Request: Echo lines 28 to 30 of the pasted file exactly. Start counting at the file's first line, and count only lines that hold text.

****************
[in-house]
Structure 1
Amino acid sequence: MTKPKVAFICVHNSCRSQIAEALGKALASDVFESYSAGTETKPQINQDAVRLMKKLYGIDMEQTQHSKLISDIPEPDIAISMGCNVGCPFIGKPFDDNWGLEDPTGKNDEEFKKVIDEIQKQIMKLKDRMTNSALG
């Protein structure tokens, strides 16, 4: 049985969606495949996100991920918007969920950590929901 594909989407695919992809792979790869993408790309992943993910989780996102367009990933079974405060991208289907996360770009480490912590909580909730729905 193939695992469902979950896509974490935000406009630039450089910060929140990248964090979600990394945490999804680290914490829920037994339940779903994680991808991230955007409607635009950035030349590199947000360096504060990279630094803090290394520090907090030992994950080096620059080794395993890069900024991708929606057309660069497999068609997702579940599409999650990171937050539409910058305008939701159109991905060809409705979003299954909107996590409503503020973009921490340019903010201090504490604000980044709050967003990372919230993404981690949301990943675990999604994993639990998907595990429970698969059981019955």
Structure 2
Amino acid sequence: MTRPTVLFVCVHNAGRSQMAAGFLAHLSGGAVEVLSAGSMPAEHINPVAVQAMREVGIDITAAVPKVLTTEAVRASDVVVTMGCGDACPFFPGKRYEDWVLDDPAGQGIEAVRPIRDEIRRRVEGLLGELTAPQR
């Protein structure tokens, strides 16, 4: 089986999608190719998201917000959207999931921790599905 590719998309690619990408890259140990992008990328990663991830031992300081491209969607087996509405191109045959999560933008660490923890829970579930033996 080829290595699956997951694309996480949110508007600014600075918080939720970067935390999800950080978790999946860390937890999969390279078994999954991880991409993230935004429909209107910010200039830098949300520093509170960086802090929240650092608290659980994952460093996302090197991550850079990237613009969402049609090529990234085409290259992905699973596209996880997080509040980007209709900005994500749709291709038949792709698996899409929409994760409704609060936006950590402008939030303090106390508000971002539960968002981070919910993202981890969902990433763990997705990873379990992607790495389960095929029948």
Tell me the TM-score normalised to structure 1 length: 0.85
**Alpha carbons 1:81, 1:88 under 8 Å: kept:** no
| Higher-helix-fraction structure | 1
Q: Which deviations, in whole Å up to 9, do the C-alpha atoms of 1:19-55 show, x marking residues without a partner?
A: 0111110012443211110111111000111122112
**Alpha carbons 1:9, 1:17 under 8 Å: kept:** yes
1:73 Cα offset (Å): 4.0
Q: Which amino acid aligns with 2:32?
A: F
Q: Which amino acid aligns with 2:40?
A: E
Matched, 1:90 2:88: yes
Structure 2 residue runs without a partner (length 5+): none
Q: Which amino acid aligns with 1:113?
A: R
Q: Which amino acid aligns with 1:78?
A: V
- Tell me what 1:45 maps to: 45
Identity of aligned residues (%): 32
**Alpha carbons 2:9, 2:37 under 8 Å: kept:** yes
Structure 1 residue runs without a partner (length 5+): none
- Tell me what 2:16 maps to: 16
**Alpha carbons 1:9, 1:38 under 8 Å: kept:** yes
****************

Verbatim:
Structure 1 residue runs without a partner (length 5+): none
- Tell me what 2:16 maps to: 16
**Alpha carbons 1:9, 1:38 under 8 Å: kept:** yes